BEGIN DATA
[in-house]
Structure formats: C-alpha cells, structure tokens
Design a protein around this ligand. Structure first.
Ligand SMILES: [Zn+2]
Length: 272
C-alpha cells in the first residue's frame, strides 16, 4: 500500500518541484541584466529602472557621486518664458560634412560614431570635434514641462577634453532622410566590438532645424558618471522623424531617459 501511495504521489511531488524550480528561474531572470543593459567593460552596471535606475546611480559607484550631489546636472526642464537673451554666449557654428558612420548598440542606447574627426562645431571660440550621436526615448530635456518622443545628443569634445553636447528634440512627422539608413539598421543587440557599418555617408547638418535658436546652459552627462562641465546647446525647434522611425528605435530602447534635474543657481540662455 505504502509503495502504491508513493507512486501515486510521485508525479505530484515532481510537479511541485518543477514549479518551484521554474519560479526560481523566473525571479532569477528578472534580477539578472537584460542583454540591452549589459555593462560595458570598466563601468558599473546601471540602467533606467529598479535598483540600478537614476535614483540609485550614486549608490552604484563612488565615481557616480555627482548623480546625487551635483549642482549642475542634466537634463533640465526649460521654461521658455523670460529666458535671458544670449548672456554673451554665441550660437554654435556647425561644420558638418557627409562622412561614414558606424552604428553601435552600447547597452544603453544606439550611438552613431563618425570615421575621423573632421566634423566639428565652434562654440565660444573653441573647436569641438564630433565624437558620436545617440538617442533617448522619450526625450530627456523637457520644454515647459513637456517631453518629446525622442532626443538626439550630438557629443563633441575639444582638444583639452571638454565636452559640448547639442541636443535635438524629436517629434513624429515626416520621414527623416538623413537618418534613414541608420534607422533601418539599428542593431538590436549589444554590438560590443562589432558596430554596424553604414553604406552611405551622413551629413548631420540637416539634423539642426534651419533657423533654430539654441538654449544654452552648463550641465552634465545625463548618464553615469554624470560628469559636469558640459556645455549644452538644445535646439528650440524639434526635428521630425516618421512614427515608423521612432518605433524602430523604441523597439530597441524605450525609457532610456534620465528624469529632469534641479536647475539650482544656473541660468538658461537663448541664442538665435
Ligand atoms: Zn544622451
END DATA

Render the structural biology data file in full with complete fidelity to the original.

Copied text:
[in-house]
Structure formats: C-alpha cells, structure tokens
Design a protein around this ligand. Structure first.
Ligand SMILES: [Zn+2]
Length: 272
C-alpha cells in the first residue's frame, strides 16, 4: 500500500518541484541584466529602472557621486518664458560634412560614431570635434514641462577634453532622410566590438532645424558618471522623424531617459 501511495504521489511531488524550480528561474531572470543593459567593460552596471535606475546611480559607484550631489546636472526642464537673451554666449557654428558612420548598440542606447574627426562645431571660440550621436526615448530635456518622443545628443569634445553636447528634440512627422539608413539598421543587440557599418555617408547638418535658436546652459552627462562641465546647446525647434522611425528605435530602447534635474543657481540662455 505504502509503495502504491508513493507512486501515486510521485508525479505530484515532481510537479511541485518543477514549479518551484521554474519560479526560481523566473525571479532569477528578472534580477539578472537584460542583454540591452549589459555593462560595458570598466563601468558599473546601471540602467533606467529598479535598483540600478537614476535614483540609485550614486549608490552604484563612488565615481557616480555627482548623480546625487551635483549642482549642475542634466537634463533640465526649460521654461521658455523670460529666458535671458544670449548672456554673451554665441550660437554654435556647425561644420558638418557627409562622412561614414558606424552604428553601435552600447547597452544603453544606439550611438552613431563618425570615421575621423573632421566634423566639428565652434562654440565660444573653441573647436569641438564630433565624437558620436545617440538617442533617448522619450526625450530627456523637457520644454515647459513637456517631453518629446525622442532626443538626439550630438557629443563633441575639444582638444583639452571638454565636452559640448547639442541636443535635438524629436517629434513624429515626416520621414527623416538623413537618418534613414541608420534607422533601418539599428542593431538590436549589444554590438560590443562589432558596430554596424553604414553604406552611405551622413551629413548631420540637416539634423539642426534651419533657423533654430539654441538654449544654452552648463550641465552634465545625463548618464553615469554624470560628469559636469558640459556645455549644452538644445535646439528650440524639434526635428521630425516618421512614427515608423521612432518605433524602430523604441523597439530597441524605450525609457532610456534620465528624469529632469534641479536647475539650482544656473541660468538658461537663448541664442538665435
Ligand atoms: Zn544622451